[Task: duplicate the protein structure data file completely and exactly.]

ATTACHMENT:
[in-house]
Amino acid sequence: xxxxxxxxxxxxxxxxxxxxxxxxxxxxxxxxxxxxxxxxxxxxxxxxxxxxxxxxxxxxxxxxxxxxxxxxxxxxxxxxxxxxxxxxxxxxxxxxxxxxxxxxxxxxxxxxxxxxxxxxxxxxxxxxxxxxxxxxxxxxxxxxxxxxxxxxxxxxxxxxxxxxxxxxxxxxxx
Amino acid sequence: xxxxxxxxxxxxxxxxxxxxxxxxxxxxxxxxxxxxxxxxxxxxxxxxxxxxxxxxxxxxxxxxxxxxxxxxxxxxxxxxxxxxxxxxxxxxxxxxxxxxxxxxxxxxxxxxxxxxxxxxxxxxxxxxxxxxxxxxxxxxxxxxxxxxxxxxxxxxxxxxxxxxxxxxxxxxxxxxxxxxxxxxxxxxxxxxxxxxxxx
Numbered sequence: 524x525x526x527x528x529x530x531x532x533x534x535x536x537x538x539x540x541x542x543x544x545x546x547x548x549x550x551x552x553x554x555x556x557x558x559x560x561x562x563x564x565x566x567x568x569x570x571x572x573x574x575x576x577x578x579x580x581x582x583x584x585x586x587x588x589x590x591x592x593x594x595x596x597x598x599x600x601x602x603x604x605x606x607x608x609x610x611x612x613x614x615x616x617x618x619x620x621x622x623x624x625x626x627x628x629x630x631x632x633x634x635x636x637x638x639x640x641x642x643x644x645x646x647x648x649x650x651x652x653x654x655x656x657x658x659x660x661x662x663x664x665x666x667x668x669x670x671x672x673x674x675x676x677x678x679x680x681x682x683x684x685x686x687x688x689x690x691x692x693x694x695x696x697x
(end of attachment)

[in-house]
Amino acid sequence: xxxxxxxxxxxxxxxxxxxxxxxxxxxxxxxxxxxxxxxxxxxxxxxxxxxxxxxxxxxxxxxxxxxxxxxxxxxxxxxxxxxxxxxxxxxxxxxxxxxxxxxxxxxxxxxxxxxxxxxxxxxxxxxxxxxxxxxxxxxxxxxxxxxxxxxxxxxxxxxxxxxxxxxxxxxxxx
Amino acid sequence: xxxxxxxxxxxxxxxxxxxxxxxxxxxxxxxxxxxxxxxxxxxxxxxxxxxxxxxxxxxxxxxxxxxxxxxxxxxxxxxxxxxxxxxxxxxxxxxxxxxxxxxxxxxxxxxxxxxxxxxxxxxxxxxxxxxxxxxxxxxxxxxxxxxxxxxxxxxxxxxxxxxxxxxxxxxxxxxxxxxxxxxxxxxxxxxxxxxxxxx
Numbered sequence: 524x525x526x527x528x529x530x531x532x533x534x535x536x537x538x539x540x541x542x543x544x545x546x547x548x549x550x551x552x553x554x555x556x557x558x559x560x561x562x563x564x565x566x567x568x569x570x571x572x573x574x575x576x577x578x579x580x581x582x583x584x585x586x587x588x589x590x591x592x593x594x595x596x597x598x599x600x601x602x603x604x605x606x607x608x609x610x611x612x613x614x615x616x617x618x619x620x621x622x623x624x625x626x627x628x629x630x631x632x633x634x635x636x637x638x639x640x641x642x643x644x645x646x647x648x649x650x651x652x653x654x655x656x657x658x659x660x661x662x663x664x665x666x667x668x669x670x671x672x673x674x675x676x677x678x679x680x681x682x683x684x685x686x687x688x689x690x691x692x693x694x695x696x697x